Also known as Pareto’s Principle and a game-changer when it comes to long-term efficiency. A large percentage of effects in any large system are caused by a low percentage of variables.
The 80/20 rule pretends that approx 80% of the effects generated by any large system are caused by 20% of the variables in that specific system.
The specific percentages are not important, they can vary between 10% and 30%. The thoughts behind are important: Pareto’s principle is a very good tool for focusing resources and, in return, getting greater efficiencies in your design process. 80% of the results can be done in 20% of the total effort/time. Those affected 20% of the results with 80% of the work. Focus on the first one and you will boost your efficiency up. That means design and user-testing should primarily focus on those 20% effort features. The remaining 80% of the features should be reevaluated to verify the value in your design and you can think about if they are really needed and give a certain value. You can’t only apply that to new designs or products, but also on existing ones where you want to increase the efficiency.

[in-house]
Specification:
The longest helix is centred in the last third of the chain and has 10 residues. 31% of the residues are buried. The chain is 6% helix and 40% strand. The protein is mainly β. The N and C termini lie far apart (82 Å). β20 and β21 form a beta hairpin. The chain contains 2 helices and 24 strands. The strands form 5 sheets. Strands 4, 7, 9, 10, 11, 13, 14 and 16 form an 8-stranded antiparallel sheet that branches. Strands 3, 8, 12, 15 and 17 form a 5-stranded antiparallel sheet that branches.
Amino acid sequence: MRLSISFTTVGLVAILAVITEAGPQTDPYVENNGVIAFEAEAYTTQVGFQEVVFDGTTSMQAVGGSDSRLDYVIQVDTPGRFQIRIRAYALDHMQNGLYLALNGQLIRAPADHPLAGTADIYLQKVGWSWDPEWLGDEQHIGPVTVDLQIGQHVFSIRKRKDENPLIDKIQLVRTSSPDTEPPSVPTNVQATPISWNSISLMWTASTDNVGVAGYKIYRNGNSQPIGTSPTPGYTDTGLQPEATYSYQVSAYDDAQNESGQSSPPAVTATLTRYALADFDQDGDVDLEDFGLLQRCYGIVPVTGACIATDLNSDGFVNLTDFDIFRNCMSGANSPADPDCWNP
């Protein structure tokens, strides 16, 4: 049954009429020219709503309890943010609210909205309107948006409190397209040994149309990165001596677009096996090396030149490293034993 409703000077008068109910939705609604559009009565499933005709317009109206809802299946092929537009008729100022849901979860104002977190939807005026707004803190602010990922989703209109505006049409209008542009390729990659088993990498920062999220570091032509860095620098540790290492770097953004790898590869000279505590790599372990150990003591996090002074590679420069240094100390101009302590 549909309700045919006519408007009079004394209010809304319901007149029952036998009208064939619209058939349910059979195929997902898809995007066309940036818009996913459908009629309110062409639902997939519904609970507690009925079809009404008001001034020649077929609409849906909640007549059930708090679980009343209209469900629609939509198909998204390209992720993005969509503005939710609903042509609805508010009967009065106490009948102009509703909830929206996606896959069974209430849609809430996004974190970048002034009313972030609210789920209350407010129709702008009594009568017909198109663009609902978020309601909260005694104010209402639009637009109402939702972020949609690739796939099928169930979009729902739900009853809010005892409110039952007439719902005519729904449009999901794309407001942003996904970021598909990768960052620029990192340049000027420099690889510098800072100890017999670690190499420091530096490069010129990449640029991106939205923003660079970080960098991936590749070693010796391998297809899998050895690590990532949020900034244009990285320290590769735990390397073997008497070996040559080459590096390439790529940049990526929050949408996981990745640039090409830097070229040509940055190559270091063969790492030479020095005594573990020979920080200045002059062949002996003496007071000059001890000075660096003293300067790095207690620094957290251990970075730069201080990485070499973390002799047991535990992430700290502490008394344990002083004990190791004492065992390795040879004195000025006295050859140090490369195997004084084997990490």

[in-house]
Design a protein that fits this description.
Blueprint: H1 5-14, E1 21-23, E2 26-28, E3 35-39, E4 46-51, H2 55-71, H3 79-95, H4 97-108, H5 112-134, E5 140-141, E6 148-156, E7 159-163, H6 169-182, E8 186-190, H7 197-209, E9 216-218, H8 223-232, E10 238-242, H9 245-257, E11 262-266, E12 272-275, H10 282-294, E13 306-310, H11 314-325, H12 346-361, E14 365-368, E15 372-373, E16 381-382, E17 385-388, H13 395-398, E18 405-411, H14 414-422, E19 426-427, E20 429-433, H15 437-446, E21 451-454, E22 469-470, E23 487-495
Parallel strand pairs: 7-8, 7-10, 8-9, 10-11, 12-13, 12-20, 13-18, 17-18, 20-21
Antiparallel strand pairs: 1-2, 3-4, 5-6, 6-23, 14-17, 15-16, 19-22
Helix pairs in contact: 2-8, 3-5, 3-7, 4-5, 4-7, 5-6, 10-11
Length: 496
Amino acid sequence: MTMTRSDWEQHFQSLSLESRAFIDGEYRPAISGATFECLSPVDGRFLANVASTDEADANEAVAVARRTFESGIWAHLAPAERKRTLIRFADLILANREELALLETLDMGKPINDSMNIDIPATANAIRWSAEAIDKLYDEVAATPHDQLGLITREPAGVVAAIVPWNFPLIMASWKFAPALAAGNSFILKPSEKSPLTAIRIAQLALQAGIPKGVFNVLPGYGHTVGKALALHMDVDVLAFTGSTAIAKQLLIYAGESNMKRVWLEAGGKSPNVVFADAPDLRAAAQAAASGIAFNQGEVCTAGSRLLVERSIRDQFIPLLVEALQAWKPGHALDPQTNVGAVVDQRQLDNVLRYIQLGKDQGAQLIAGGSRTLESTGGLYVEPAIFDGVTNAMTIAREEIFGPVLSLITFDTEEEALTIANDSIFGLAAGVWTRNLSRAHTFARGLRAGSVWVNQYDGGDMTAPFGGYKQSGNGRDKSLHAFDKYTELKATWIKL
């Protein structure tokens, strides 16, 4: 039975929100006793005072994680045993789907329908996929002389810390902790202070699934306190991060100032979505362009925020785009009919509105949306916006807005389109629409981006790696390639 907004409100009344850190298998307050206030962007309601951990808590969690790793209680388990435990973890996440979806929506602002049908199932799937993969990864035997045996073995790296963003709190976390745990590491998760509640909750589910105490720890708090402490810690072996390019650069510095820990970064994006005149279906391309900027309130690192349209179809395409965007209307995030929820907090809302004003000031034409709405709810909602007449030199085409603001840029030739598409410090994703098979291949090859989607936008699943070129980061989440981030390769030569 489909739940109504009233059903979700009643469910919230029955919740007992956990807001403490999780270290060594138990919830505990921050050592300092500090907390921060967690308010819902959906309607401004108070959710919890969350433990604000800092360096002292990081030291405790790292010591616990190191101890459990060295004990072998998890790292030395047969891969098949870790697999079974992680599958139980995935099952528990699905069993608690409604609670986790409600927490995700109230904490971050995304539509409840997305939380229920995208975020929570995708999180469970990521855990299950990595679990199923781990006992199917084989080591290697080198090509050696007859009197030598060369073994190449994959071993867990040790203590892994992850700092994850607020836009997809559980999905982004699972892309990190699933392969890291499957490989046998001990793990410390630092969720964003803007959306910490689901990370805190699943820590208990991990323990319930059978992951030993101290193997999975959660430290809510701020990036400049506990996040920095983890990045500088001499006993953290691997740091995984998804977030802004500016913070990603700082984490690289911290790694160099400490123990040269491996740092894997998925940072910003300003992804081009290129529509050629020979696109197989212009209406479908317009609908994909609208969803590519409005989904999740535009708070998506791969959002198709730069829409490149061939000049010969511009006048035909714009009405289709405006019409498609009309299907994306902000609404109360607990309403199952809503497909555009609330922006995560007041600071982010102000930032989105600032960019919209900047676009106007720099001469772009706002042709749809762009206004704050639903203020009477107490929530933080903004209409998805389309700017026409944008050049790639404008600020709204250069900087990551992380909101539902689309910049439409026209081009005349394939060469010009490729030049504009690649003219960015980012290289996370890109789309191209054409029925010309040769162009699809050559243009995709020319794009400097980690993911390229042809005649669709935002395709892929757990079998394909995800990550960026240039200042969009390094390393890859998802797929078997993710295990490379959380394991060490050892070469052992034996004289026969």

All elements in your design are not created equal. Use this rule to evaluate the value of elements, target areas of redesign or optimisation, and focus resources in an efficient way.
Noncritical elements of your design should be minimised or removed altogether because they are part of the 80% less-important part. If you still have some resources left in the end, you can use these to work on the 20% effects, which need 80% of the time to realize.